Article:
RF: It was a big challenge, since I had no experience in animation before and we were mixing it with live action. However, as Kapuściński said – the sense of life lies in crossing borders and we were trying to create a new language with Damian, a narrative approach that would fit our topic. It was difficult and involved a lot of waiting for the artists to create sequences, but we'd be busy regardless of that i.e. creating timelines with only sketches, concepts, storyboards and photos. Nevertheless, I was also pleasantly surprised that a production like that could still allow so much flexibility. I was convinced that in animation, once the production starts, nothing can be changed, but we kept introducing new ideas until the very end, since we all had a common goal - to make the best movie possible. Anyway, all that waiting is definitely a big challenge for a filmmaker, but it was a 10-year-long torture that led to a result that I'm proud of.

What was the division of labour between you two as co-directors? Did Raul take care of documentary footage and Damian overlooked the animation?

RF: We directed every aspect of the film together - 50/50. I came up with the idea, and I'm the main writer, Damian solved some technical issues that I wasn't involved in, but we made all the crucial decisions together. In our view there was no division between animation and documentary. We wanted the movie to be a whole and feel like a song that you could follow with your eyes closed without noticing the transitions between animation and live-action. One example of that flow is the way we introduce the live-action interviews through simple cuts between animated characters and their real-life counterparts.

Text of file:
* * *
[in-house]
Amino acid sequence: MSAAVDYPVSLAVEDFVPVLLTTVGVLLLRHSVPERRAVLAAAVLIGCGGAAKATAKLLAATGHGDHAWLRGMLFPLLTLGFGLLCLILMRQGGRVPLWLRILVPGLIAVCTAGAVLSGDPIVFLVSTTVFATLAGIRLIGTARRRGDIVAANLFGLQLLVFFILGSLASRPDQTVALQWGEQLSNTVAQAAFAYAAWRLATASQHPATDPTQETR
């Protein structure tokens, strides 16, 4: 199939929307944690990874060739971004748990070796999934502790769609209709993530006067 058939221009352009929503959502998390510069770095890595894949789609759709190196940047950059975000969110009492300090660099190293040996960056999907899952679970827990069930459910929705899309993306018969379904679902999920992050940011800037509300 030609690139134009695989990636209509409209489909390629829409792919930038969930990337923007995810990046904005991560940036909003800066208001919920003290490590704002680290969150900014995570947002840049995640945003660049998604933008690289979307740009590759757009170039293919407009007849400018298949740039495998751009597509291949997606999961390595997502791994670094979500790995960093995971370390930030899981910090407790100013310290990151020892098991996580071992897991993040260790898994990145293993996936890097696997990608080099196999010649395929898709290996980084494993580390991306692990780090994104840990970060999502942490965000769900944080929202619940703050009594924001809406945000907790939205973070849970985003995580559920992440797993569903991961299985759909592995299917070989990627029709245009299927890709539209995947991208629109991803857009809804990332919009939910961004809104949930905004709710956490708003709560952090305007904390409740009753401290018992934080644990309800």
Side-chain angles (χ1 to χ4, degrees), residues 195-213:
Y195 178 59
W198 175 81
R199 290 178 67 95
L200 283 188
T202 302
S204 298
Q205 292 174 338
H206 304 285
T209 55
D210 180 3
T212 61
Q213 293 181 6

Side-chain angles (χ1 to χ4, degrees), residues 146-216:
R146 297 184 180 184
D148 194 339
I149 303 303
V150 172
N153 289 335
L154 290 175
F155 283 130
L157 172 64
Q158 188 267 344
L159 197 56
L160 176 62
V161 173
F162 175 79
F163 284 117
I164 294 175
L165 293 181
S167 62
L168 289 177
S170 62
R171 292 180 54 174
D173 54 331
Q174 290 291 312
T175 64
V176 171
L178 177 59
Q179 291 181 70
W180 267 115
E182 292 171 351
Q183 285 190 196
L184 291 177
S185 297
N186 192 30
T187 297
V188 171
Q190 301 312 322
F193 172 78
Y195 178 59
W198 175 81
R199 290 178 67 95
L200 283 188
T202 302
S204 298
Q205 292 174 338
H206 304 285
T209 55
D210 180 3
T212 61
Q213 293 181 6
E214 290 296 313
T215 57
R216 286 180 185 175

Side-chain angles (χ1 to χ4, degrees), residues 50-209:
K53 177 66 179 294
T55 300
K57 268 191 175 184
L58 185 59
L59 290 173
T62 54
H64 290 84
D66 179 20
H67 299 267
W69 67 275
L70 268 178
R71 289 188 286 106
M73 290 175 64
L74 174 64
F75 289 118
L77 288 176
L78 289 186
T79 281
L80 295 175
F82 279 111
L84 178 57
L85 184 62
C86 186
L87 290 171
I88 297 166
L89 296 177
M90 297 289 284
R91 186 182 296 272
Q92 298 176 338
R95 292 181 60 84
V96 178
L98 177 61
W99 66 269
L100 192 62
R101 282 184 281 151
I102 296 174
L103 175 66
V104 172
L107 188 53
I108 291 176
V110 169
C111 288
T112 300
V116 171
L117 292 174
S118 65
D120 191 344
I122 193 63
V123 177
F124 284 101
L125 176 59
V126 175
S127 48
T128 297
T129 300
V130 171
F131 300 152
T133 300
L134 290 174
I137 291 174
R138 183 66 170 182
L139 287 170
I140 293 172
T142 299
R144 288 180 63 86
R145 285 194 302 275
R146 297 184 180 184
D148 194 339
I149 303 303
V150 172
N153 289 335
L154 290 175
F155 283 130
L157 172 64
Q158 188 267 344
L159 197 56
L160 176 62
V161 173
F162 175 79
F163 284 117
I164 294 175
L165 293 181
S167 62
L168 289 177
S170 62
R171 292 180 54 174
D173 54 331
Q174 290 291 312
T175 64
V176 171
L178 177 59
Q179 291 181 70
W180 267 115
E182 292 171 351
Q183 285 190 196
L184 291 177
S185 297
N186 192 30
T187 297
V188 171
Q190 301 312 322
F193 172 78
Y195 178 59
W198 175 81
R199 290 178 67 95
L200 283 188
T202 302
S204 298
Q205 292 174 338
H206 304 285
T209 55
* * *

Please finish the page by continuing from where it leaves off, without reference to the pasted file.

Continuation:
One of the most memorable things in your film is the use of the term confusão that already made quite a career for itself finding its way to every single review of “Another Day of Life“ I read.

RF: Confusão was the original title we chose for the film. For us, it was the key to that story from the very beginning.